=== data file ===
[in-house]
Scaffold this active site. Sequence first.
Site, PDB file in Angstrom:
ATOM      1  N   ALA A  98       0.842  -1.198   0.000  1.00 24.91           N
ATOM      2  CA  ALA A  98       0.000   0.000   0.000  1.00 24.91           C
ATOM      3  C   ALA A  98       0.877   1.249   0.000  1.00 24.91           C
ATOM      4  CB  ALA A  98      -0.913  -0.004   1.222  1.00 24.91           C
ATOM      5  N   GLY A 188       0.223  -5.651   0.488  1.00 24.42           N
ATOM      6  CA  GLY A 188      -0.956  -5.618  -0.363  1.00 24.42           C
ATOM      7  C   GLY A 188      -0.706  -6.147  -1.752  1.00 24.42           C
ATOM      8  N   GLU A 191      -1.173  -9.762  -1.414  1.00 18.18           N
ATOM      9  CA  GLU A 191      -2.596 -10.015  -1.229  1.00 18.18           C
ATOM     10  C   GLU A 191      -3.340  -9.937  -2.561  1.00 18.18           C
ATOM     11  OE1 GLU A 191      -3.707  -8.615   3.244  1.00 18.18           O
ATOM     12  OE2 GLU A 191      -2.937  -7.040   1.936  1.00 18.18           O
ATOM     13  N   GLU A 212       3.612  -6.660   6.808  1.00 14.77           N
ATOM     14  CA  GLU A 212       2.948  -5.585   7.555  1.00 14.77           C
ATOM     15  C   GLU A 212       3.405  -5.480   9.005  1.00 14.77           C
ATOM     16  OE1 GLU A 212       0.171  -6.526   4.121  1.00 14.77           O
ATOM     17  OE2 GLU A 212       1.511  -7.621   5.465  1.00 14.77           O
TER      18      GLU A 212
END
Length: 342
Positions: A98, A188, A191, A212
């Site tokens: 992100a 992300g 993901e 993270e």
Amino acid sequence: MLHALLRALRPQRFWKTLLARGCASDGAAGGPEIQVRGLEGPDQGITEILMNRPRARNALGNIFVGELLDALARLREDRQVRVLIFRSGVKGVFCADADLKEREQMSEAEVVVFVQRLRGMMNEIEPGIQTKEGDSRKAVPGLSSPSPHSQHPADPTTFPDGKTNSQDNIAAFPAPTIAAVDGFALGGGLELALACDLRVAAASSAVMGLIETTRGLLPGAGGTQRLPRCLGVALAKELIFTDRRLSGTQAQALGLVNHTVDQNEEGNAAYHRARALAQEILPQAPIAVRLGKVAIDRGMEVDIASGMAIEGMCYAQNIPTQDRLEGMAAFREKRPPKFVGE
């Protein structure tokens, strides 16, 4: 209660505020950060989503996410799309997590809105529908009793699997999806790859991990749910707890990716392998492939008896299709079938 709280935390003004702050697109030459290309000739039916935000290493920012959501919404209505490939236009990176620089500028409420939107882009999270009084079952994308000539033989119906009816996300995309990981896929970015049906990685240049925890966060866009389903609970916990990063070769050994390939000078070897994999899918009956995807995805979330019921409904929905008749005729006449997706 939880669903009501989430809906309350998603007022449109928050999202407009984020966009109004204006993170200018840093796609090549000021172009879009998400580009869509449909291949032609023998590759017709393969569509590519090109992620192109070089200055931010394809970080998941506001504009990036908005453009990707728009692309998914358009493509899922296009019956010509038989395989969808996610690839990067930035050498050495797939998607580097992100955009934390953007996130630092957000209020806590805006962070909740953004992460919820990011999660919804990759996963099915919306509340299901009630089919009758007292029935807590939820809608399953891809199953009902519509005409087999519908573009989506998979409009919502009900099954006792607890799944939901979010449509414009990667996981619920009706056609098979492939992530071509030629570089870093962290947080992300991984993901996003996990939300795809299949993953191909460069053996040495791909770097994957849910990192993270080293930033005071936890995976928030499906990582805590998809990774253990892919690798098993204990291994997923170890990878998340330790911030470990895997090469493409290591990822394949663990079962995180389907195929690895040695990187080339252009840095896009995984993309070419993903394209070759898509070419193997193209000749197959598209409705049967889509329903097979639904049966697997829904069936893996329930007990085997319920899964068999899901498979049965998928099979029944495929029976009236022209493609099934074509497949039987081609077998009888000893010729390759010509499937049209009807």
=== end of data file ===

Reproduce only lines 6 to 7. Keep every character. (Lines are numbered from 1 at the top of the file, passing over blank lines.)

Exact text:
ATOM      3  C   ALA A  98       0.877   1.249   0.000  1.00 24.91           C
ATOM      4  CB  ALA A  98      -0.913  -0.004   1.222  1.00 24.91           C